Login | June 19, 2019

House measure seeks shipment, expanded sales of alcoholic ice cream

KEITH ARNOLD
Special to the Legal News

Published: June 11, 2019

Customers of Over-the-Rhine original Buzzed Bull Creamery, known for its liquid nitrogen-boosted milkshakes and alcohol-infused ice creams, can't get enough.

Owner and brand founder Colten Mounce recently told state lawmakers in the Ohio House of Representatives that customers ask every day if they can buy the boozy ice cream to go or via delivery.

"We have brides and grooms who want us to supply our ice creams at their wedding," he said. "We have large food and music festivals who want us to distribute ice cream.

"We have many restaurants lined up to start buying our product and more asking every week."

As Ohio law stands, Buzzed Bull cannot do any of those things. Alcoholic ice cream, which contains between 0.5 and 6 percent alcohol by volume, may only be sold by an A-5 permit holder for on- or off-premises consumption.

"Unfortunately, at this point when people ask, we must tell them no," Mounce said. "I am hoping with your help we can change that."

He was on hand to offer testimony in support of a House measure that would ease some of the restrictions associated with the licensed sale of alcoholic ice cream.

Filed as House Bill 160, the legislation would allow Buzzed Bull Creamery to ship the ice cream to a personal consumer via a permitted shipper and to sell the ice cream to retail liquor permit holders for resale to personal consumers.

For direct shipment to a personal consumer, the bill proposes that the shipping company possess an H liquor permit, such as FedEx or UPS.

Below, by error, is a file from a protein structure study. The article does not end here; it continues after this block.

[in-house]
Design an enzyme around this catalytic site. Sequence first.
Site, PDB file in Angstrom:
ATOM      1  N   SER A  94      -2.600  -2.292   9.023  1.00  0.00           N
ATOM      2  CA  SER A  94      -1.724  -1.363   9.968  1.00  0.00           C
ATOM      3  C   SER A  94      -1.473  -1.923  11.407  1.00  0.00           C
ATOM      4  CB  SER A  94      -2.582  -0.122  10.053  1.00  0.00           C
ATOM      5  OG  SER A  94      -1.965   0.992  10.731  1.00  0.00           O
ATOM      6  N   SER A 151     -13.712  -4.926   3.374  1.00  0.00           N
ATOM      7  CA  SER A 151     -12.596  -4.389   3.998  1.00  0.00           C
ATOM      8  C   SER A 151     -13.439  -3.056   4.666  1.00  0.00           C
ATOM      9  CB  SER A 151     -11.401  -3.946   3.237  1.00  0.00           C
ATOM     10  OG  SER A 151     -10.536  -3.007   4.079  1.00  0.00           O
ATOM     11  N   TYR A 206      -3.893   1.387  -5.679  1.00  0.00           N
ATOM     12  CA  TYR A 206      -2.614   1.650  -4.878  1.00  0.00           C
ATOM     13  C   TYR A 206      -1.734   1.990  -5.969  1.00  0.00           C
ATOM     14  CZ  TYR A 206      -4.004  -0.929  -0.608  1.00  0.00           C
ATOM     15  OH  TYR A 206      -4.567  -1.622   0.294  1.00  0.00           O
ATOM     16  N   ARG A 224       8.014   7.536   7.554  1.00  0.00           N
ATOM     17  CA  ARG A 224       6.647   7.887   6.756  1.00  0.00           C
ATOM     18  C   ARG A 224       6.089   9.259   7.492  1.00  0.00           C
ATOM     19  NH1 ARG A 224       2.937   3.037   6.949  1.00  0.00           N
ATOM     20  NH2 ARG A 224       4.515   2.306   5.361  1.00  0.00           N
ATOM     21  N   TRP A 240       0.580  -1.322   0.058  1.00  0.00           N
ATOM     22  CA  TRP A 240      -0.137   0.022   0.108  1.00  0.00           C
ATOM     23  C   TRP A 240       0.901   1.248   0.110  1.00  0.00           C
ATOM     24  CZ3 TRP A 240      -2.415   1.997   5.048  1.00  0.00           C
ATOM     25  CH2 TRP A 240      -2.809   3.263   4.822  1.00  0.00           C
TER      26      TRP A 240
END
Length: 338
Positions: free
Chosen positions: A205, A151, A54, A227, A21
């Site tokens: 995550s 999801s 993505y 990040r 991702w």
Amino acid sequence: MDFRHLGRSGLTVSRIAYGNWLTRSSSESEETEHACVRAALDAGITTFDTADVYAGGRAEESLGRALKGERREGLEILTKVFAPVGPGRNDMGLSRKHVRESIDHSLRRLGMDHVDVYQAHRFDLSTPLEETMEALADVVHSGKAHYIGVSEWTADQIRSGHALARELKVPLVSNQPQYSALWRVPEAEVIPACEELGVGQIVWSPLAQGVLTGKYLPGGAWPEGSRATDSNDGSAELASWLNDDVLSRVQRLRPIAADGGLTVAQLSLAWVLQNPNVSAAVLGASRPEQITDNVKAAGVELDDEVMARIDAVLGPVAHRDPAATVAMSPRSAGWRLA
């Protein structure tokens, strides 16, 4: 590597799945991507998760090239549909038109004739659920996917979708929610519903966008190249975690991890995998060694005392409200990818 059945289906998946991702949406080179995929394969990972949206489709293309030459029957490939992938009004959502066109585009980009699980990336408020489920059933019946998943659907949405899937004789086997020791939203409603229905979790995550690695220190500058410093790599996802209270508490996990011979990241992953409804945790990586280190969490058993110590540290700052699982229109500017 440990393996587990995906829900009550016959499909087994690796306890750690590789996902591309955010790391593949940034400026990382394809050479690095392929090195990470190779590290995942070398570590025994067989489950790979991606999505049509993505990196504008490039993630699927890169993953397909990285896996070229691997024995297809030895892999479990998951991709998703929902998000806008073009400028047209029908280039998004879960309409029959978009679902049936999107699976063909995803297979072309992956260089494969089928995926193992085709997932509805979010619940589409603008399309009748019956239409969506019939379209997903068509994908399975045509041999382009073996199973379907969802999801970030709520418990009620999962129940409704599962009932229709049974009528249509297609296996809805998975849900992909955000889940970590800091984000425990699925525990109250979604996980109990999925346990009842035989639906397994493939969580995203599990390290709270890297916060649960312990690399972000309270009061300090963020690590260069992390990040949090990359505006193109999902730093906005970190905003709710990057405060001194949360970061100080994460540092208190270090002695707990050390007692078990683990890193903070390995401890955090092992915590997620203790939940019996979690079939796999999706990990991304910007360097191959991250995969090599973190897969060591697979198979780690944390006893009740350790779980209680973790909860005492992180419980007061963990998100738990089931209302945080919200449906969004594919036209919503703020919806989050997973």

According to Ohio Legislative Service Commission analysis of HB 160, a shipment of alcoholic ice cream by an A-5 permit holder to a personal consumer is subject to the following:

• The package in which the ice cream is being shipped must be clearly marked with the words "alcohol enclosed" in bold print;

• Prior to sending the shipment, the A-5 permit holder or an employee must make an effort to ensure that the personal consumer is at least 21; and

• At the time of delivery, the H permit holder or an employee must verify that the personal consumer is at least 21.

"An A-5 permit holder must keep a record of each shipment of alcoholic ice cream sent to a personal consumer," research associate Jeff Grim wrote for the commission. "Also, the A-5 permit holder must annually provide to the Division of Liquor Control a report that includes the name and address of each personal consumer who purchased alcoholic ice cream via shipment and the quantity that the consumer purchased."

HB 160 also would eliminate the restriction on the number of pints of alcoholic ice cream that a personal consumer may purchase each day from an A-5 permit holder.

Currently, consumers are restricted to four pints a day.

"Ohio has an opportunity to become a national leader in this product with laws that are more conducive to this business," said the bill's sponsor, Rep. Catherine Ingram, D-Cincinnati. "Buzzed Bull Creamery in Cincinnati has a business model that is great for our state.

"Analysts on Wall Street have pegged this industry at 1.25 and 2.5 billion dollars per year in the United States by 2022. Let's keep this growth in Ohio and lead in this industry."

Mounce said the legislative fix, indeed, would allow his business to compete at a national level.

"Aside from how this will help us, we believe this will stimulate the local economy by providing additional jobs and tax revenue," he said. "Furthermore, this will allow us to keep operations based out of Ohio and not a nearby state with laws that are more conducive to this business.

"We are an Ohio-based business and want to stay one. We are looking to make our company the leader in this market - something Cincinnati and Ohio are known for."

A franchised location was set to open in Wilmington, N.C., this spring, while another is planned for Atlanta, according to the business' website.

A third hearing of the bill which enjoys cosponsorship of eight fellow House members was scheduled later in the week.

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